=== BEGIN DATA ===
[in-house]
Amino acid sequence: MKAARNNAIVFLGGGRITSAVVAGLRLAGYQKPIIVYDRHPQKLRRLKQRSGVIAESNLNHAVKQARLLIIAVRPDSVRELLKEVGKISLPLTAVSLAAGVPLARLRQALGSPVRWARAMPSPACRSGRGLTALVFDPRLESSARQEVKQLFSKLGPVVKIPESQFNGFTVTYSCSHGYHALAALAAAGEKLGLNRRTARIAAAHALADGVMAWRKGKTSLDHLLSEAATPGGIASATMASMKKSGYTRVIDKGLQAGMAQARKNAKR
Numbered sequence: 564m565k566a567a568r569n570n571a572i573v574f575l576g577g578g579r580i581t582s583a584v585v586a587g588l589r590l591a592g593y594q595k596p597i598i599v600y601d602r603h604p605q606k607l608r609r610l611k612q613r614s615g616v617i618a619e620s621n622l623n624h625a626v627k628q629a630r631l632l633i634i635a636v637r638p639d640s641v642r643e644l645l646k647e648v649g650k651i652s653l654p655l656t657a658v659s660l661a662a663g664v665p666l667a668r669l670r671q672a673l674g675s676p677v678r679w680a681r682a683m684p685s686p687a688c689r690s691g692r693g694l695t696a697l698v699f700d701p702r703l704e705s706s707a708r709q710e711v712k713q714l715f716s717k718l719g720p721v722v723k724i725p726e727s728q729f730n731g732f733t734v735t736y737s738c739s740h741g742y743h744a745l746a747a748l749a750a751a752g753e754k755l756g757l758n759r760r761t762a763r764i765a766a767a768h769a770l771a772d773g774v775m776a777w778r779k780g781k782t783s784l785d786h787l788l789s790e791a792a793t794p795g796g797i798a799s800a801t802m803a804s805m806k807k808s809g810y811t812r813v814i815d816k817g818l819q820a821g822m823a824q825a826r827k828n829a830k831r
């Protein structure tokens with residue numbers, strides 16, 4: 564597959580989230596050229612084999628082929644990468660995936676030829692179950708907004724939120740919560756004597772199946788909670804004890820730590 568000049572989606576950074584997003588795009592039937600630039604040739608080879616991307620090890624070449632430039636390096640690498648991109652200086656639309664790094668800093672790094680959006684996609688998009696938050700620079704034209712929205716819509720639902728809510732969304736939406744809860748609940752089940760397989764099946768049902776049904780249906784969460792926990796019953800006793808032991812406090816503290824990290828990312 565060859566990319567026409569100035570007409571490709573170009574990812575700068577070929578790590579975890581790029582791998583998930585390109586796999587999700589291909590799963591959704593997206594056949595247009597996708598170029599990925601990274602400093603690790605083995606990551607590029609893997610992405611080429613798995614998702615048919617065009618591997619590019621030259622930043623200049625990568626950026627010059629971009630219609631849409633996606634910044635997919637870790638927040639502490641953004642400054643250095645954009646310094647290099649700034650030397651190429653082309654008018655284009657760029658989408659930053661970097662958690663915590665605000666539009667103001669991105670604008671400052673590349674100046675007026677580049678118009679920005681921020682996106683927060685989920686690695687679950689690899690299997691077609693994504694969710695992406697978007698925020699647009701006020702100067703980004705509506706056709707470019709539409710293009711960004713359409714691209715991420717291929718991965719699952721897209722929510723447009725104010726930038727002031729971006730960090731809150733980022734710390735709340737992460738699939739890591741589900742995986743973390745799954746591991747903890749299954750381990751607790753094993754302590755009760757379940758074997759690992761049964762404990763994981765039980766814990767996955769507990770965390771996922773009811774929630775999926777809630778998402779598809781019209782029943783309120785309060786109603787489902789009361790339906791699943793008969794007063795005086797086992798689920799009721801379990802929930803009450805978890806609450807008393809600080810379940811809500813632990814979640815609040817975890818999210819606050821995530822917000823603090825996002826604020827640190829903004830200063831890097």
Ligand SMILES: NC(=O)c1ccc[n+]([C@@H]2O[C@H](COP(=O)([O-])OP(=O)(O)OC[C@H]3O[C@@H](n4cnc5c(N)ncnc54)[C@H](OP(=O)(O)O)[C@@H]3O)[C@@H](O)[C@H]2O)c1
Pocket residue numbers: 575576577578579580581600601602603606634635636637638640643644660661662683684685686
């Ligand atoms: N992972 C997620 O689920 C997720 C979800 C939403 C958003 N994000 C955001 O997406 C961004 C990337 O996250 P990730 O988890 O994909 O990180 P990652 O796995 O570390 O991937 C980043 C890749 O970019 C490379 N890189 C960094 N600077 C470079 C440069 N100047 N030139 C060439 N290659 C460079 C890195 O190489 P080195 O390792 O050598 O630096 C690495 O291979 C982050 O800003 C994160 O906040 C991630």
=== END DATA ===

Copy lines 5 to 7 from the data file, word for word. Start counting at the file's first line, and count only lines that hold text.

Ligand SMILES: NC(=O)c1ccc[n+]([C@@H]2O[C@H](COP(=O)([O-])OP(=O)(O)OC[C@H]3O[C@@H](n4cnc5c(N)ncnc54)[C@H](OP(=O)(O)O)[C@@H]3O)[C@@H](O)[C@H]2O)c1
Pocket residue numbers: 575576577578579580581600601602603606634635636637638640643644660661662683684685686
């Ligand atoms: N992972 C997620 O689920 C997720 C979800 C939403 C958003 N994000 C955001 O997406 C961004 C990337 O996250 P990730 O988890 O994909 O990180 P990652 O796995 O570390 O991937 C980043 C890749 O970019 C490379 N890189 C960094 N600077 C470079 C440069 N100047 N030139 C060439 N290659 C460079 C890195 O190489 P080195 O390792 O050598 O630096 C690495 O291979 C982050 O800003 C994160 O906040 C991630």